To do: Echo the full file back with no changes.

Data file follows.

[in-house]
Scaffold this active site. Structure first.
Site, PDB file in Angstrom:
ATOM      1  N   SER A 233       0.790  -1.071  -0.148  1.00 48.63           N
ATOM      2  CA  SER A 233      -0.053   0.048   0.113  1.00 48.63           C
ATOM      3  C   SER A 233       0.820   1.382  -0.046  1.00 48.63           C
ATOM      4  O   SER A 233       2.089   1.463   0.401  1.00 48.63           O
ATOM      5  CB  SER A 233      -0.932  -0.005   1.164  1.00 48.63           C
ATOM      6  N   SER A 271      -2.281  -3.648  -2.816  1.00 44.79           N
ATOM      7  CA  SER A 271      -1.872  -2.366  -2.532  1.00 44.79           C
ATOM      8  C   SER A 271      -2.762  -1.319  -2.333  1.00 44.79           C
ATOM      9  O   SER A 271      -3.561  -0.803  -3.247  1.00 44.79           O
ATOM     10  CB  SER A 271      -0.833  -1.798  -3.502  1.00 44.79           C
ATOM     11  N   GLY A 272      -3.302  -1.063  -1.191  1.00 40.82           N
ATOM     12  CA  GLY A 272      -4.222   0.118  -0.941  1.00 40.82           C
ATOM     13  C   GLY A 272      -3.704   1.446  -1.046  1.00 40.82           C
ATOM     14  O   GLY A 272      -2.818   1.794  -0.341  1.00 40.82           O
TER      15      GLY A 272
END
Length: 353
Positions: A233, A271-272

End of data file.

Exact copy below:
[in-house]
Scaffold this active site. Structure first.
Site, PDB file in Angstrom:
ATOM      1  N   SER A 233       0.790  -1.071  -0.148  1.00 48.63           N
ATOM      2  CA  SER A 233      -0.053   0.048   0.113  1.00 48.63           C
ATOM      3  C   SER A 233       0.820   1.382  -0.046  1.00 48.63           C
ATOM      4  O   SER A 233       2.089   1.463   0.401  1.00 48.63           O
ATOM      5  CB  SER A 233      -0.932  -0.005   1.164  1.00 48.63           C
ATOM      6  N   SER A 271      -2.281  -3.648  -2.816  1.00 44.79           N
ATOM      7  CA  SER A 271      -1.872  -2.366  -2.532  1.00 44.79           C
ATOM      8  C   SER A 271      -2.762  -1.319  -2.333  1.00 44.79           C
ATOM      9  O   SER A 271      -3.561  -0.803  -3.247  1.00 44.79           O
ATOM     10  CB  SER A 271      -0.833  -1.798  -3.502  1.00 44.79           C
ATOM     11  N   GLY A 272      -3.302  -1.063  -1.191  1.00 40.82           N
ATOM     12  CA  GLY A 272      -4.222   0.118  -0.941  1.00 40.82           C
ATOM     13  C   GLY A 272      -3.704   1.446  -1.046  1.00 40.82           C
ATOM     14  O   GLY A 272      -2.818   1.794  -0.341  1.00 40.82           O
TER      15      GLY A 272
END
Length: 353
Positions: A233, A271-272